Our parents would be dead now if they had been at home'
PUBLISHED: 12:44 03 April 2008 | UPDATED: 14:36 25 August 2010
THE couple whose house was destroyed when a plane crashed into it would have stood no chance of surviving if they had been inside, according to their shocked sons.
THE couple whose house was destroyed when a plane crashed into it would have stood "no chance of surviving" if they had been inside, according to their shocked sons.
Distressed banker Steven Hale, 45, son to Pat Harman and stepson to her husband Ed, visited the half demolished home in Romsey Close, Farnborough, on Monday afternoon with his brother Peter, 42.
Police said it was a "miracle" that Ed and Pat Harman were on separate holidays last Sunday when a plane carrying five people crashed into their house, killing all on board.
Mrs Harman, 68, a retired medical secretary, is now seeking refuge at a friend's house in Sidcup.
Peter Hale, also a banker, said: "There would have been no chance of them surviving had they been in the property, and on a normal Sunday afternoon, had it been an hour earlier, my mother her brother and partner would have been inside the house.
"It was a fantastic house, it's really neighbourly round here. They were settled and enjoying retirement but now it's all gone. It's very distressing but they will rebuild their lives and their belongings again.
"To us it's bricks and mortar. We didn't know it was going on until we saw it on the TV. We're thankful they're alive, they're thankful they're alive.
"There are a lifetime possessions in there and none of us would like to lose those, but my mother's first thoughts were with the victims and to the deceased that were on the plane."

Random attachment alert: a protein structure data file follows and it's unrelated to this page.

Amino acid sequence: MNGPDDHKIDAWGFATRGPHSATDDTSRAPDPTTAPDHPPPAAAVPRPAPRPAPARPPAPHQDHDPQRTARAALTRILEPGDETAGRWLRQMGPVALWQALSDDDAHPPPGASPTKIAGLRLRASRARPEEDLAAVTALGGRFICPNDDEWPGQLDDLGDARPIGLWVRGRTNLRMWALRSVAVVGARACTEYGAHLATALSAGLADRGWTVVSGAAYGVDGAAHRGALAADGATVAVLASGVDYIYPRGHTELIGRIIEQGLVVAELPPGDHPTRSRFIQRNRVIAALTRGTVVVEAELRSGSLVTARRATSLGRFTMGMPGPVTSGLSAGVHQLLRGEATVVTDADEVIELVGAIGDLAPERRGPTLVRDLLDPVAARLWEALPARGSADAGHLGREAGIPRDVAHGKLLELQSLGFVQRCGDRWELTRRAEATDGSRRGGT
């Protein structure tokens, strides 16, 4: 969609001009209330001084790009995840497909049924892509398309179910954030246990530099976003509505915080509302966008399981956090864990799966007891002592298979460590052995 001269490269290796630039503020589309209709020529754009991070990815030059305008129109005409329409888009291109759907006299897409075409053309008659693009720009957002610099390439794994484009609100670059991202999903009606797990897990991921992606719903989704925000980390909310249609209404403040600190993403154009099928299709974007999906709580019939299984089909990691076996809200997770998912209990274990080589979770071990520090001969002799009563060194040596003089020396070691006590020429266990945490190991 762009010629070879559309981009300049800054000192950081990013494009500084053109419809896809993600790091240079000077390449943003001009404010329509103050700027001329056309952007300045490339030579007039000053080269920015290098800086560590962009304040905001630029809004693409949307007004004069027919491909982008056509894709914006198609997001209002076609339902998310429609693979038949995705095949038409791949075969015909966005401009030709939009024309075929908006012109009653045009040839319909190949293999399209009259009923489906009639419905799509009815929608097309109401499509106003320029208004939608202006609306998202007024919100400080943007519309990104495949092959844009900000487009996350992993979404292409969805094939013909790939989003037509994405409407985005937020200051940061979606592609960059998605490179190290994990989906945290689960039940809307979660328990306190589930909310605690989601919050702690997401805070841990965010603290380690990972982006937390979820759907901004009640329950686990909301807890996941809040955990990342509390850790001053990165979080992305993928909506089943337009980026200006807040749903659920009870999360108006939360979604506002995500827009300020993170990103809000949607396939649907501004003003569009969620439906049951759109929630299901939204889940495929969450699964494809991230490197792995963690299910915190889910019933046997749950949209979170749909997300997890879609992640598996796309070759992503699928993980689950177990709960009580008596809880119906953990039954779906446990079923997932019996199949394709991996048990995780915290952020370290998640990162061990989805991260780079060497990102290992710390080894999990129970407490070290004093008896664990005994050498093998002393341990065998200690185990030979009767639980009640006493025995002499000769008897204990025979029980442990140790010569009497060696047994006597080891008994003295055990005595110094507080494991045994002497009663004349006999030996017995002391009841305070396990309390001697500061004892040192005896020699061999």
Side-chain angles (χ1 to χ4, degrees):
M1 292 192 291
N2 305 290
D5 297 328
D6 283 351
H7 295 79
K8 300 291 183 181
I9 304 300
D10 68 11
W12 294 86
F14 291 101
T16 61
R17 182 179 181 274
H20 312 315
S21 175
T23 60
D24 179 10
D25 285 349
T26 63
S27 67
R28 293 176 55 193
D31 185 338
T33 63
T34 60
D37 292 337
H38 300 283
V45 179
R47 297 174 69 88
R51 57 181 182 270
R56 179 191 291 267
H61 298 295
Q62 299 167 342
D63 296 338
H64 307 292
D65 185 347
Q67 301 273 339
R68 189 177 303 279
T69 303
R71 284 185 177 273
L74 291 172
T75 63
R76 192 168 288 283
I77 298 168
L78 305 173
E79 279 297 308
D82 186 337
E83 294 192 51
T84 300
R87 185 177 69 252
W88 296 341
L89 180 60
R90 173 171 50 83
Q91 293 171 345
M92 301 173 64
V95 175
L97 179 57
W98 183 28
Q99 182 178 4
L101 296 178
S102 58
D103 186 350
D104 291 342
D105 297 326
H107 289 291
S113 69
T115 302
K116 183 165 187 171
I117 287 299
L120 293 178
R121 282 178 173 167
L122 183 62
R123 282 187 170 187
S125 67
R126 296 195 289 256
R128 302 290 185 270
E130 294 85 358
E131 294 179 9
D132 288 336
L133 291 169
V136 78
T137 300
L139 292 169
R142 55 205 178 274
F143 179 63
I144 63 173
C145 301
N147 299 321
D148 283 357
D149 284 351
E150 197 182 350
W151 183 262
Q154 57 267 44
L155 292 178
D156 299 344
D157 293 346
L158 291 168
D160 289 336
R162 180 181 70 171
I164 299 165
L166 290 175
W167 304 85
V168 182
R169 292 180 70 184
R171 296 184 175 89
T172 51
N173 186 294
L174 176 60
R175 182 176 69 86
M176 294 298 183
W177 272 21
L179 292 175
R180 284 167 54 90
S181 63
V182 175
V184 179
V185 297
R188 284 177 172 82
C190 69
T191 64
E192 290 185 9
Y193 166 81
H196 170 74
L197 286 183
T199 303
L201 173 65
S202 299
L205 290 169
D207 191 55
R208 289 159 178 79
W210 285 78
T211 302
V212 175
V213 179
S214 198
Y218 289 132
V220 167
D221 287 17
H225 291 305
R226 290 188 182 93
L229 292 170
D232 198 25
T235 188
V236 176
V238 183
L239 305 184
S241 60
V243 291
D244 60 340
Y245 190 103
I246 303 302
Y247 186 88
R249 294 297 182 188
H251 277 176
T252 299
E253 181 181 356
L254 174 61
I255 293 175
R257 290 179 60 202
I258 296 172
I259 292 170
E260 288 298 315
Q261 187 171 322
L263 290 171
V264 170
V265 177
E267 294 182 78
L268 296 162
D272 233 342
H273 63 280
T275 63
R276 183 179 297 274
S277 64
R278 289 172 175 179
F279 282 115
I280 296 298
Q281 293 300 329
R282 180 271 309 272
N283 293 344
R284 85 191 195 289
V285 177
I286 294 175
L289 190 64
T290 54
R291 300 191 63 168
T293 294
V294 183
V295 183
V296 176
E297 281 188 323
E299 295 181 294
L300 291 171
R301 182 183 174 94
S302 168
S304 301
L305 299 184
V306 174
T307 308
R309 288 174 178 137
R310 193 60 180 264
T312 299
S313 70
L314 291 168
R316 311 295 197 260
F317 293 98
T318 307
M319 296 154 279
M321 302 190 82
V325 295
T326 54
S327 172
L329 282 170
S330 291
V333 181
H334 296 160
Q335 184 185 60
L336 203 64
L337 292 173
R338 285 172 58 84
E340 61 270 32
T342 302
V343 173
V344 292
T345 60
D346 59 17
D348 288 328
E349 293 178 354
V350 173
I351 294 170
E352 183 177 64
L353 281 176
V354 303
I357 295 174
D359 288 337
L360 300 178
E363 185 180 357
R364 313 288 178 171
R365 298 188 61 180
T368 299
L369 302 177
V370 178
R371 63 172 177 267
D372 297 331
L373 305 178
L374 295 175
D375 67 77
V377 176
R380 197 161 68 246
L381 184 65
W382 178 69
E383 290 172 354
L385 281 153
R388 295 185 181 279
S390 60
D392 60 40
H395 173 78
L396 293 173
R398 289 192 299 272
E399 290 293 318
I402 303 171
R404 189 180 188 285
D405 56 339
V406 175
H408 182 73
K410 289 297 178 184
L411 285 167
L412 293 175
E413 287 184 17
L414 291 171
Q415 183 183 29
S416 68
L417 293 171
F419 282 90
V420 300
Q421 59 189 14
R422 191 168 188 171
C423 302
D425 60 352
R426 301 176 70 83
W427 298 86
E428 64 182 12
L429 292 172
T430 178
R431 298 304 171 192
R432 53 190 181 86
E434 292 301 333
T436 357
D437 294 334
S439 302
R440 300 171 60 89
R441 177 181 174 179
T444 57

Mrs Harman was on holiday with her daughter in Madeira while Mr Harman, 72, was on a golfing holiday in the Algarve. He returned to England on Tuesday but the couple have still not seen the ruins of their home, where they've lived since 1990.
Police said they would need to look at the structure of the house with the Local Authority and the insurance company to determine whether or not to demolish it.
Steven Hale said: "There is not much left of the house at the top at all, especially on the side where the plane crashed in to it.
"My parents are bearing up. My mother is not very well but she is in as good spirits as you can expect if your house has been destroyed." A statement by the two sons also praised the emergency services in the aftermath of the crash and said their parents were "enamoured by the local community spirit demonstrated by friends and neighbours".
The bodies of the crash victims were recovered by emergency workers on Monday and taken to Princess Royal University Hospital, Farnborough.
Families of the victims - pilots Mike Roberts and Mike Chapman and passengers including British touring car champion David Leslie, Apex Jaguar racing team's Richard Lloyd and Christopher Allarton - visited the scene on Tuesday to pay their respects.
Borough Commander Charles Griggs said: "Our sympathy is with the friends and family of those who died. Friends and family of the deceased are owed a full and thorough investigation which will take a few days."
Air investigation teams were continuing their search for clues to establish what caused the accident.
Emergency workers say that no black box flight recorders were on the craft as they are not required for private jets.